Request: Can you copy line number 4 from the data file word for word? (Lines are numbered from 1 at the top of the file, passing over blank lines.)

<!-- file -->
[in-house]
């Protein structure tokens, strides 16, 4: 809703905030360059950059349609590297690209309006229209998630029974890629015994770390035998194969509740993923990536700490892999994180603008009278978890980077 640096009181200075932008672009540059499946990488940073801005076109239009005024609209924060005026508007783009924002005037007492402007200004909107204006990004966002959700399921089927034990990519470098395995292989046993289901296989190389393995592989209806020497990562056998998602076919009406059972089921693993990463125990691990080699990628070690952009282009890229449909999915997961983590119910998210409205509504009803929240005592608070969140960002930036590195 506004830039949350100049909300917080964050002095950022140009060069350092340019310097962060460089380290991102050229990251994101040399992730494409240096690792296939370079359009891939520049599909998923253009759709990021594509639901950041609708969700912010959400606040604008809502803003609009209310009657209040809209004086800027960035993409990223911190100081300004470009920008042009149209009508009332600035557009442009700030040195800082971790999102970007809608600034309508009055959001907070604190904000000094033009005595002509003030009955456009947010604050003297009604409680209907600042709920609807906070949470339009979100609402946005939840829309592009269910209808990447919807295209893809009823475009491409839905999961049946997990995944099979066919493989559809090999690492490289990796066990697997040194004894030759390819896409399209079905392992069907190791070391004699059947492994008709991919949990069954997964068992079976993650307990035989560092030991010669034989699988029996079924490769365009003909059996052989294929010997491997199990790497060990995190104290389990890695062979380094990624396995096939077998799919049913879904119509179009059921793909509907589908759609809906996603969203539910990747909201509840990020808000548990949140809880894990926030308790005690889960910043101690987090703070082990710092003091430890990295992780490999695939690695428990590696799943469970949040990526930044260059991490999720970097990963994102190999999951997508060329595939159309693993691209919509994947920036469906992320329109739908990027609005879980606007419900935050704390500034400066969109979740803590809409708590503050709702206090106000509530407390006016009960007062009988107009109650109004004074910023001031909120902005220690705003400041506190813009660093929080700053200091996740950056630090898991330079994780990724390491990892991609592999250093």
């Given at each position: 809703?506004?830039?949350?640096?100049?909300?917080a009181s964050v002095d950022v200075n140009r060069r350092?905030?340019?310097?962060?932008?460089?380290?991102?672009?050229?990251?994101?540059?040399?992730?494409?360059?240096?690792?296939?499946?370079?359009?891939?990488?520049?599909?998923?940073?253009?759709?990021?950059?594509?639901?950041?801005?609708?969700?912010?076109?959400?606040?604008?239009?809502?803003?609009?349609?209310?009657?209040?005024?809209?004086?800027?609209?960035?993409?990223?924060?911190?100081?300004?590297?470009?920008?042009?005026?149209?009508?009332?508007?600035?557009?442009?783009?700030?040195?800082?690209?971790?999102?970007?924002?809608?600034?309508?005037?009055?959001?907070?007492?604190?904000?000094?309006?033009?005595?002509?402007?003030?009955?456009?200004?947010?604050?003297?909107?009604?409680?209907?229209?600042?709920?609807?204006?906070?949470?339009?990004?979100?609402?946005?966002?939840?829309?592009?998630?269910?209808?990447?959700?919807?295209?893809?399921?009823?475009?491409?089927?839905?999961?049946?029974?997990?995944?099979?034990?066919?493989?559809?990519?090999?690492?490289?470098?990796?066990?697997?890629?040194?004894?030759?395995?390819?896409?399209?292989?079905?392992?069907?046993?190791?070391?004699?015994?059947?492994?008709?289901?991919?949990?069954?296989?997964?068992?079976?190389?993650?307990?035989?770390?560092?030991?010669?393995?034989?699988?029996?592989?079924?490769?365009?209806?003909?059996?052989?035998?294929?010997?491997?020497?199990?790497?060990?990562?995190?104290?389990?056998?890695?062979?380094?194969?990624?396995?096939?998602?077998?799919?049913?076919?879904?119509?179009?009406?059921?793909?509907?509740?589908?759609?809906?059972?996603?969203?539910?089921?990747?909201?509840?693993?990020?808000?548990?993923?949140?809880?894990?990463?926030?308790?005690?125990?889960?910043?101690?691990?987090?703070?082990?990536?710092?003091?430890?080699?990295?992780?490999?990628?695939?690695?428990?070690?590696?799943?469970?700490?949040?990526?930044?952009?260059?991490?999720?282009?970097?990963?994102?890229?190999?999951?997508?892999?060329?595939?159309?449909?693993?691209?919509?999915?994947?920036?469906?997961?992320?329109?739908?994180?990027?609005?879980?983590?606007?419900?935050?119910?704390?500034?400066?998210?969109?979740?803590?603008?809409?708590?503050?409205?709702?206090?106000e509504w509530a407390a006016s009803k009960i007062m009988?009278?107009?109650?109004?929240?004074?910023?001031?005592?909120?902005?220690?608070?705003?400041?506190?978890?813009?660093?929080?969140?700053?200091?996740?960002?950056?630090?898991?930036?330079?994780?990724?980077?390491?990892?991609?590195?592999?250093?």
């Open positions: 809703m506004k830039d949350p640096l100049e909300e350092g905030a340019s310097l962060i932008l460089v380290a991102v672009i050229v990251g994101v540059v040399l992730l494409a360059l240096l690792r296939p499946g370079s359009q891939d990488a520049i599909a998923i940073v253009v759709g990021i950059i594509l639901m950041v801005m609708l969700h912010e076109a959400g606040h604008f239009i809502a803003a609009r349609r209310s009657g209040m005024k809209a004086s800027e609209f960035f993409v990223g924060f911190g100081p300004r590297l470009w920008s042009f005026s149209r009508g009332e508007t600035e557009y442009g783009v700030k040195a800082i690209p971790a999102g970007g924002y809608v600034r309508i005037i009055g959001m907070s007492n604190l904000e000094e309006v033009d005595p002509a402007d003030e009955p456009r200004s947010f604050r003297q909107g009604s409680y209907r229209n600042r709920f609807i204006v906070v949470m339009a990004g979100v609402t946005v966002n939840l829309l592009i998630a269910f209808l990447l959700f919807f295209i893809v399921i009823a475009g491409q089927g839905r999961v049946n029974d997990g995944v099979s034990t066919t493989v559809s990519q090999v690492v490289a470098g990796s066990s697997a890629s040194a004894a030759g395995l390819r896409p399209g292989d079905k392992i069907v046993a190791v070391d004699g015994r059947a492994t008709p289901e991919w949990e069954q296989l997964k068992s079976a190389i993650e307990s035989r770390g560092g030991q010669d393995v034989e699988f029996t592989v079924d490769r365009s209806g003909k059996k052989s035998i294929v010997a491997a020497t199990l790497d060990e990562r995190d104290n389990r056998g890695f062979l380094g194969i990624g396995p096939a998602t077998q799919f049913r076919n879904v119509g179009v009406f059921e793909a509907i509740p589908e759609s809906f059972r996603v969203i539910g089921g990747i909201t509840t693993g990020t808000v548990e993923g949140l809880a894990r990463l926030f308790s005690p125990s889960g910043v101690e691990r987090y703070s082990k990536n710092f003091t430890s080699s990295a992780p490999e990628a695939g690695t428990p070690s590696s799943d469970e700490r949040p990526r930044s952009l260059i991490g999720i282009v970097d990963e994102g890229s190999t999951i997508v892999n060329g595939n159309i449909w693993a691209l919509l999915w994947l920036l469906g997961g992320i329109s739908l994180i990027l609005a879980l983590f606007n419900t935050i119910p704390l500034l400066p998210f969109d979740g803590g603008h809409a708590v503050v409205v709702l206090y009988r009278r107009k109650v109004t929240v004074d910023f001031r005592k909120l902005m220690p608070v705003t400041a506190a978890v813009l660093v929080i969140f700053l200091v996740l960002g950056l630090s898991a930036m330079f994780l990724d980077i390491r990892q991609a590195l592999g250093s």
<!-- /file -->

């Open positions: 809703m506004k830039d949350p640096l100049e909300e350092g905030a340019s310097l962060i932008l460089v380290a991102v672009i050229v990251g994101v540059v040399l992730l494409a360059l240096l690792r296939p499946g370079s359009q891939d990488a520049i599909a998923i940073v253009v759709g990021i950059i594509l639901m950041v801005m609708l969700h912010e076109a959400g606040h604008f239009i809502a803003a609009r349609r209310s009657g209040m005024k809209a004086s800027e609209f960035f993409v990223g924060f911190g100081p300004r590297l470009w920008s042009f005026s149209r009508g009332e508007t600035e557009y442009g783009v700030k040195a800082i690209p971790a999102g970007g924002y809608v600034r309508i005037i009055g959001m907070s007492n604190l904000e000094e309006v033009d005595p002509a402007d003030e009955p456009r200004s947010f604050r003297q909107g009604s409680y209907r229209n600042r709920f609807i204006v906070v949470m339009a990004g979100v609402t946005v966002n939840l829309l592009i998630a269910f209808l990447l959700f919807f295209i893809v399921i009823a475009g491409q089927g839905r999961v049946n029974d997990g995944v099979s034990t066919t493989v559809s990519q090999v690492v490289a470098g990796s066990s697997a890629s040194a004894a030759g395995l390819r896409p399209g292989d079905k392992i069907v046993a190791v070391d004699g015994r059947a492994t008709p289901e991919w949990e069954q296989l997964k068992s079976a190389i993650e307990s035989r770390g560092g030991q010669d393995v034989e699988f029996t592989v079924d490769r365009s209806g003909k059996k052989s035998i294929v010997a491997a020497t199990l790497d060990e990562r995190d104290n389990r056998g890695f062979l380094g194969i990624g396995p096939a998602t077998q799919f049913r076919n879904v119509g179009v009406f059921e793909a509907i509740p589908e759609s809906f059972r996603v969203i539910g089921g990747i909201t509840t693993g990020t808000v548990e993923g949140l809880a894990r990463l926030f308790s005690p125990s889960g910043v101690e691990r987090y703070s082990k990536n710092f003091t430890s080699s990295a992780p490999e990628a695939g690695t428990p070690s590696s799943d469970e700490r949040p990526r930044s952009l260059i991490g999720i282009v970097d990963e994102g890229s190999t999951i997508v892999n060329g595939n159309i449909w693993a691209l919509l999915w994947l920036l469906g997961g992320i329109s739908l994180i990027l609005a879980l983590f606007n419900t935050i119910p704390l500034l400066p998210f969109d979740g803590g603008h809409a708590v503050v409205v709702l206090y009988r009278r107009k109650v109004t929240v004074d910023f001031r005592k909120l902005m220690p608070v705003t400041a506190a978890v813009l660093v929080i969140f700053l200091v996740l960002g950056l630090s898991a930036m330079f994780l990724d980077i390491r990892q991609a590195l592999g250093s």